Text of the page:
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ERIC Number: ED520485
Record Type: Non-Journal
Publication Date: 2010
Pages: 47
Abstractor: ERIC
Reference Count: 53
ISBN: N/A
ISSN: N/A
Do College Student Surveys Have Any Validity?
Porter, Stephen R.
Association for Institutional Research (NJ1), Paper presented at the Annual Forum of the Association for Institutional Research (50th, Chicago, IL, May 29-Jun 2, 2010)
Within the field of higher education, the majority of quantitative research focuses on college students. Given the limitations of institutional databases, surveys of college students have become one of the largest and most frequently used data sources. In addition, surveys of college students play an increasingly important role in evaluating college and university programs and policies. As such, having valid and reliable data about students is vital for both practitioners and scholars. Yet if survey questions are not measuring what individuals think they are, then their knowledge of college students will be flawed. In this paper, the author argues that the typical college student survey question has minimal validity, and that the field requires an ambitious research program to reestablish the foundation of quantitative research on students. The surveys lack validity because a) they assume that college students can easily report information about their behaviors and attitudes, when the standard model of human cognition and survey response clearly suggests they cannot, b) existing research using college students suggests they have problems correctly answering even simple questions about factual information, and c) much of the evidence that higher education scholars cite as evidence of validity and reliability actually demonstrates the opposite. The author chooses the National Survey of Student Engagement (NSSE) for his critical examination of college student survey validity for several reasons. First, it is one of the most prominent surveys of student behavior and attitudes, and is widely used by researchers studying students, as well as institutions interested in assessment. Second, the NSSE survey serves as a model for surveys designed by other researchers and institutional assessment staff, precisely because of its prominence. Given its wide use by both practitioners and scholars, it is vital that individuals understand whether the NSSE can be considered a valid instrument. Finally, unlike many other college student surveys, NSSE staff and researchers using the NSSE (henceforth collectively referred to as NSSE researchers) have gone to significant efforts to validate the survey through a variety of studies. (Contains 4 tables, 1 figure and 3 footnotes.)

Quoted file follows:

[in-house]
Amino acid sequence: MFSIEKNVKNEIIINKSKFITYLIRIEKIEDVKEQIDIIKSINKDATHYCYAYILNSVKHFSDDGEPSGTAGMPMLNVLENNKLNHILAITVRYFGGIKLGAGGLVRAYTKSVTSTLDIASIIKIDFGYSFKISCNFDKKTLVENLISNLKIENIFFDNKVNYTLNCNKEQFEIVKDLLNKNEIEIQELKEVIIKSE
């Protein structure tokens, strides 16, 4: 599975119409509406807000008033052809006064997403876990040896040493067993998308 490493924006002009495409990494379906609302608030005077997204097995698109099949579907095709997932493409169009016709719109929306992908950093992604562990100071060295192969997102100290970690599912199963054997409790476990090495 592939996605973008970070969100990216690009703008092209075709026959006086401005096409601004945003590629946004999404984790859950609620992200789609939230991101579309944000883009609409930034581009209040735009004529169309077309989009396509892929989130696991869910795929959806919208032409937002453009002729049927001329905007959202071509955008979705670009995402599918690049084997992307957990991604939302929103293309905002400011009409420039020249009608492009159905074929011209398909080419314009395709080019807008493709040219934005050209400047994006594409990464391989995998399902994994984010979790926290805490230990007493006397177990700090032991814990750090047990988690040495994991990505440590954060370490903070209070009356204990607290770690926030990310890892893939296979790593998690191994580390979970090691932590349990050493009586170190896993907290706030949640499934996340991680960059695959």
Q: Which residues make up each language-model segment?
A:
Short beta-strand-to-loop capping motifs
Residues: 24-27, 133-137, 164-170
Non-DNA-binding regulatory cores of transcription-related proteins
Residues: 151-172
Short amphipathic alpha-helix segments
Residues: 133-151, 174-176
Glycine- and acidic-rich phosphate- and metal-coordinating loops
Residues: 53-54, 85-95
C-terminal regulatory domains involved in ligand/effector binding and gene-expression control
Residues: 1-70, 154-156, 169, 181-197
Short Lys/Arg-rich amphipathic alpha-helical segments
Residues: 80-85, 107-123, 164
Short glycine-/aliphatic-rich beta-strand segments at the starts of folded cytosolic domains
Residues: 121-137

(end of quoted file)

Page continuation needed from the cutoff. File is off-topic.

Association for Institutional Research. 1435 East Piedmont Drive Suite 211, Tallahassee, FL 32308. Tel: 850-385-4155; Fax: 850-383-5180; e-mail: air@airweb.org; Web site: http://www.airweb.org
Publication Type: Reports - Evaluative; Speeches/Meeting Papers
Education Level: Higher Education
Audience: N/A
Language: English
Sponsor: N/A
Authoring Institution: Association for Institutional Research
Identifiers - Assessments and Surveys: National Survey of Student Engagement